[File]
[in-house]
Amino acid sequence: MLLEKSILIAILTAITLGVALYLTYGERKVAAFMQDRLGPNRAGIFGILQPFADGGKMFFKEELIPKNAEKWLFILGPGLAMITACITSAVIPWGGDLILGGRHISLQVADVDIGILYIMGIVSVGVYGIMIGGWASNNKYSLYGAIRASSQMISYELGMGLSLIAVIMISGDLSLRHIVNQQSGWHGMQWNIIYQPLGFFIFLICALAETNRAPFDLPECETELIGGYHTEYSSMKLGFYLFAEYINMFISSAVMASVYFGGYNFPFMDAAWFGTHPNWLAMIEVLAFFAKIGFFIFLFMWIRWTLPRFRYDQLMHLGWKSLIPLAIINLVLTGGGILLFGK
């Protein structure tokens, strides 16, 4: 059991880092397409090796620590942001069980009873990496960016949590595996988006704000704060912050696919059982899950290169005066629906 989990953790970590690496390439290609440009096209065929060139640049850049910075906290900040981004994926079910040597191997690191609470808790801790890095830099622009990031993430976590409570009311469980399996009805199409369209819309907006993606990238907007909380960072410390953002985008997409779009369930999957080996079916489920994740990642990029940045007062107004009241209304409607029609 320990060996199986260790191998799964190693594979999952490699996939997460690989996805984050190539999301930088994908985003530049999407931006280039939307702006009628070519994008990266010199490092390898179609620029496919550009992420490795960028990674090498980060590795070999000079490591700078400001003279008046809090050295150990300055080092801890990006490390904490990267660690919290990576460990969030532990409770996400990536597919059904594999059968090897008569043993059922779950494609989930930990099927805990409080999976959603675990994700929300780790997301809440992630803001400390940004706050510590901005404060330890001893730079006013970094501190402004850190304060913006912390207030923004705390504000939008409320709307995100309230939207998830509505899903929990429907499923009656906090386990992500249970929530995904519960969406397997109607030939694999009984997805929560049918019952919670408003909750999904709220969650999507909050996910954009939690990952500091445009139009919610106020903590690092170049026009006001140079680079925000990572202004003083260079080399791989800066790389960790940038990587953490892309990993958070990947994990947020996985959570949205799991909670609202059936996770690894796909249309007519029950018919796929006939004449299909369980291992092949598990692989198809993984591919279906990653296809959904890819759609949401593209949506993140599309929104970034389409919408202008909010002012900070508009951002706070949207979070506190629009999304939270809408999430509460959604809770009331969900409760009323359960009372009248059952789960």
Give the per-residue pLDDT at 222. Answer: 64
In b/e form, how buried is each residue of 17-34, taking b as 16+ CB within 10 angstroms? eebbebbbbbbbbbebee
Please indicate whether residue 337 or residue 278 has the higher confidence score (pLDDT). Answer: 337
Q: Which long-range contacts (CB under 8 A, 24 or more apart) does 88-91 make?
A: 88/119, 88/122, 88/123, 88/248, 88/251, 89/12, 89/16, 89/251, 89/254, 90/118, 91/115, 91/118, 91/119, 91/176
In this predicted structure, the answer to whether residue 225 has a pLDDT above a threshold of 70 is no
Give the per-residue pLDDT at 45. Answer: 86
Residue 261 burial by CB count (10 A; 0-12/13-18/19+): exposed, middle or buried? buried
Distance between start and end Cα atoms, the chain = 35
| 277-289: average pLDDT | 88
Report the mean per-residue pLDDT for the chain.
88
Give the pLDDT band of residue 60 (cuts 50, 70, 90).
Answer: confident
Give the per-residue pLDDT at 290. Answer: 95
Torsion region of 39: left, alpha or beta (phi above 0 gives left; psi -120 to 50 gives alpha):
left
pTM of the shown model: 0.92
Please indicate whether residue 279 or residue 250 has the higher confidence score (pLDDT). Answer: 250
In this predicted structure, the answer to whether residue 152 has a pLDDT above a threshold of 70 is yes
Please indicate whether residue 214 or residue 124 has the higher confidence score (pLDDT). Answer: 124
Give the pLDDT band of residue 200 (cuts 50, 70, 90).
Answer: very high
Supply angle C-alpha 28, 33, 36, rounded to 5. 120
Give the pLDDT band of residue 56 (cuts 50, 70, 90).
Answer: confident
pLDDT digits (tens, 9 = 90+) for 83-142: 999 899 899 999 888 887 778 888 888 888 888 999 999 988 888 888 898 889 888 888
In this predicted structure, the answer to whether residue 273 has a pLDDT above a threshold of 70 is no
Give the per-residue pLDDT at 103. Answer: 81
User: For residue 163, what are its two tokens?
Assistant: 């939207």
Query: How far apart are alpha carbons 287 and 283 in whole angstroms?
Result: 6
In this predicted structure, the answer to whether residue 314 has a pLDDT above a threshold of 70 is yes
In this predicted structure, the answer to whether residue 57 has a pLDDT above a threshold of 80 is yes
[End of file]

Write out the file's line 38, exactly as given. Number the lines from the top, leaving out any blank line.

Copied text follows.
In this predicted structure, the answer to whether residue 57 has a pLDDT above a threshold of 80 is yes